Tensions rise in Strasbourg as International AI treaty faces US corporate exemption

The international AI treaty is close to collapsing due to disagreements between the US and the Council of Europe.

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The US is on the verge of weakening a global AI treaty by exempting its largest tech companies from the requirements. Diplomats are meeting in Strasbourg, France, this week to finalise a comprehensive international agreement to better safeguard human rights in AI systems. The treaty has been negotiated for almost three years and responds to growing worries about the threats to fundamental human rights posed by AI technologies used in popular applications such as OpenAI’s ChatGPT.

Why does it matter?

The text, drafted by the Council of Europe, a 46-country international organisation that oversees a major human rights convention, would create fundamental duties to safeguard human dignity, the rule of law, and democratic norms when AI is deployed. A final draft could be agreed upon by Thursday, with countries ratifying it subsequently.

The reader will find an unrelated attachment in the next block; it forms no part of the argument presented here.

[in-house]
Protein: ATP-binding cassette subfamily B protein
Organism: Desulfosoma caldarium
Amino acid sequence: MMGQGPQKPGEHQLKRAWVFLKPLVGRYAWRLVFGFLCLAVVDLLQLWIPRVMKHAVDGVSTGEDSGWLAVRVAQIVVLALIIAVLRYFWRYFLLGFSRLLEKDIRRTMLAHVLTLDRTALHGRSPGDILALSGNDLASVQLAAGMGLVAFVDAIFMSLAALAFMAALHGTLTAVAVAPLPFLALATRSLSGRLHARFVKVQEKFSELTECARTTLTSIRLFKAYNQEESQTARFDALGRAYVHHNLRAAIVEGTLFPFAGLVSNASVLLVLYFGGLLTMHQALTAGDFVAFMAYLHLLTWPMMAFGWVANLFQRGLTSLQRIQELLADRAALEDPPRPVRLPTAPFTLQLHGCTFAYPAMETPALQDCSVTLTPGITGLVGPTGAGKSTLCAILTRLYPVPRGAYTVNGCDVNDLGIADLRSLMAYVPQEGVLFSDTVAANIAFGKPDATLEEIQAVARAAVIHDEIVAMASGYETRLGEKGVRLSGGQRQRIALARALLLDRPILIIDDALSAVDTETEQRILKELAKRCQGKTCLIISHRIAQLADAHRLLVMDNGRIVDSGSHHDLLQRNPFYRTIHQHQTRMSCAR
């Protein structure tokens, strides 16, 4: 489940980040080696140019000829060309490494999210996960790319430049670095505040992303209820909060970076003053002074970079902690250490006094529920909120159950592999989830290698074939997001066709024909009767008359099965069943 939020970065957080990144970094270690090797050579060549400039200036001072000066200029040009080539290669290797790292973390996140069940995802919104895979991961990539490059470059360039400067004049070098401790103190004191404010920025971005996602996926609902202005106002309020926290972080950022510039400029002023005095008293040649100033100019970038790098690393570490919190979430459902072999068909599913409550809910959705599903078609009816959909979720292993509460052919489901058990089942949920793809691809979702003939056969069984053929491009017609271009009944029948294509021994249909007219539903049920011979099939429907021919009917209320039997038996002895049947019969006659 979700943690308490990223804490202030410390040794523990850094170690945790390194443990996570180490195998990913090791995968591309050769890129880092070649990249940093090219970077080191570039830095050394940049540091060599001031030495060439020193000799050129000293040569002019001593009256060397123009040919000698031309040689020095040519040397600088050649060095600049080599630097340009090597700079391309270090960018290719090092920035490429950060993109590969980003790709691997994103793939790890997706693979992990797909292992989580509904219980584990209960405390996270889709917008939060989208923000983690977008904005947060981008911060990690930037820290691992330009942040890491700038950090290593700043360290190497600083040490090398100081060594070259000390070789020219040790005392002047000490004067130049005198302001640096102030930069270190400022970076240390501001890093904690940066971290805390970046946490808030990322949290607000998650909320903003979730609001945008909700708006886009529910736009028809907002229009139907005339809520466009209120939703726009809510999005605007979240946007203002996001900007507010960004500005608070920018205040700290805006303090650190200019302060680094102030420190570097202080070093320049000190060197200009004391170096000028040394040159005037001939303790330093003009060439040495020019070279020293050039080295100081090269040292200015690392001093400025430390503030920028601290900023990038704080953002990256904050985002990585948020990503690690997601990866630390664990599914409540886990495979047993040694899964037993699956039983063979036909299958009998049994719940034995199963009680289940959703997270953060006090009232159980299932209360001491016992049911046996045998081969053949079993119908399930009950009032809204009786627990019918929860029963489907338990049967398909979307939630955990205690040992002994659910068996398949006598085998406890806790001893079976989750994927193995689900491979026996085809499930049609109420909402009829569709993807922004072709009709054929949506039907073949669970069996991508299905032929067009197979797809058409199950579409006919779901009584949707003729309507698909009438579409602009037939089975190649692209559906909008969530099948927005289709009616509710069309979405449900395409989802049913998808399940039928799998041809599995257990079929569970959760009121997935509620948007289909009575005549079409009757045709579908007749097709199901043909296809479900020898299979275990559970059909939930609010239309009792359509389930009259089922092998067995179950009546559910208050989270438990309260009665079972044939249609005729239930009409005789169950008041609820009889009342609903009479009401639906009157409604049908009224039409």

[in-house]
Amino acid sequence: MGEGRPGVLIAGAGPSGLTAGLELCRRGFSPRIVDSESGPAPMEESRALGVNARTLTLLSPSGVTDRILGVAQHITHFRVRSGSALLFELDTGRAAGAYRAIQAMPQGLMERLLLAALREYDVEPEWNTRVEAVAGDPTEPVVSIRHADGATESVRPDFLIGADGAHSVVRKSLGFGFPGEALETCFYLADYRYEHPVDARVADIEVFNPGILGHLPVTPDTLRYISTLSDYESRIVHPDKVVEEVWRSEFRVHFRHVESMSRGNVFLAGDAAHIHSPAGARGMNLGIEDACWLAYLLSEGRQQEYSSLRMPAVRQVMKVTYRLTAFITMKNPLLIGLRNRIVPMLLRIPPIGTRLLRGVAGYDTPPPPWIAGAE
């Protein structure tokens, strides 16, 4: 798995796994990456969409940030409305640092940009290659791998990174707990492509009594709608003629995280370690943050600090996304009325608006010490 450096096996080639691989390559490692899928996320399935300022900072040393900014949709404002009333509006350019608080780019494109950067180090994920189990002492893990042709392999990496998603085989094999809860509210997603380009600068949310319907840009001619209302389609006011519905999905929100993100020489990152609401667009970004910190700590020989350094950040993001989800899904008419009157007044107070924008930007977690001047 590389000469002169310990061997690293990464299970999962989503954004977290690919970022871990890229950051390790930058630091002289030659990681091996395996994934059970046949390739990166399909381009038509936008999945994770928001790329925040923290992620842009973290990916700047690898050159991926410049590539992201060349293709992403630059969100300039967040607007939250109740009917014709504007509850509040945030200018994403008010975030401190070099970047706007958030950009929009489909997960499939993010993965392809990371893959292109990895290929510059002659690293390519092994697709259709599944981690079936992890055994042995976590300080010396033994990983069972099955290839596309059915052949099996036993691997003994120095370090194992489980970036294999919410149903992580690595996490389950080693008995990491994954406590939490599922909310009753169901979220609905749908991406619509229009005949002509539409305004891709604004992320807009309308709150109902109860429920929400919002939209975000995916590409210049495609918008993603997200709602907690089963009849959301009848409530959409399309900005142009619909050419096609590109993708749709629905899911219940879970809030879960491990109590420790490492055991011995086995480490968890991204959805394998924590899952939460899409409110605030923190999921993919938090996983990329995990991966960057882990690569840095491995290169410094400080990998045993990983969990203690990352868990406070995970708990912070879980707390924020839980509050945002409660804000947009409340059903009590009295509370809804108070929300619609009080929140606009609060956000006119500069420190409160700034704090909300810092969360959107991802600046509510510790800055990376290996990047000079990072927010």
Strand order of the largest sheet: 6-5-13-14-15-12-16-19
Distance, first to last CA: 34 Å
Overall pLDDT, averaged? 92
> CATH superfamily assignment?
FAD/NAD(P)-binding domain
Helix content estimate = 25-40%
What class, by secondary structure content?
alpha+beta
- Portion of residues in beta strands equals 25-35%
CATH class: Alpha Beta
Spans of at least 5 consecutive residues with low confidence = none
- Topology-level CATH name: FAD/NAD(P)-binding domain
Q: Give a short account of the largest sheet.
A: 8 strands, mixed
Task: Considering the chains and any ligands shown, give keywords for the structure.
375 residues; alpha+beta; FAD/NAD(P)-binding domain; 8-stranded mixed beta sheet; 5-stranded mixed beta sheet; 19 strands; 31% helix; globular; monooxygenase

However, the deal faces diplomatic opposition from the US, supported by Canada, Japan, and the UK, seeking to exclude private companies from its reach. The US, Canada, and Japan are non-voting observers at the Council of Europe, but without their signatures on the treaty, its power and reach would be watered down.

Washington is pushing for its firms to be exempt from the new rules on AI and human rights, sparking tensions in the negotiation process. The concerns have been more widely shared by civil society and academia. In January, an open letter sponsored by the non-profit Centre for AI and Digital Policy (CAIDP) and signed by hundreds of AI experts urged negotiators not “to abdicate our rights.”

All this is happening as members of the European Parliament passed the landmark Artificial Intelligence (AI) Act on 13 March, making the EU the first major political organisation to set comprehensive rules for emerging technology.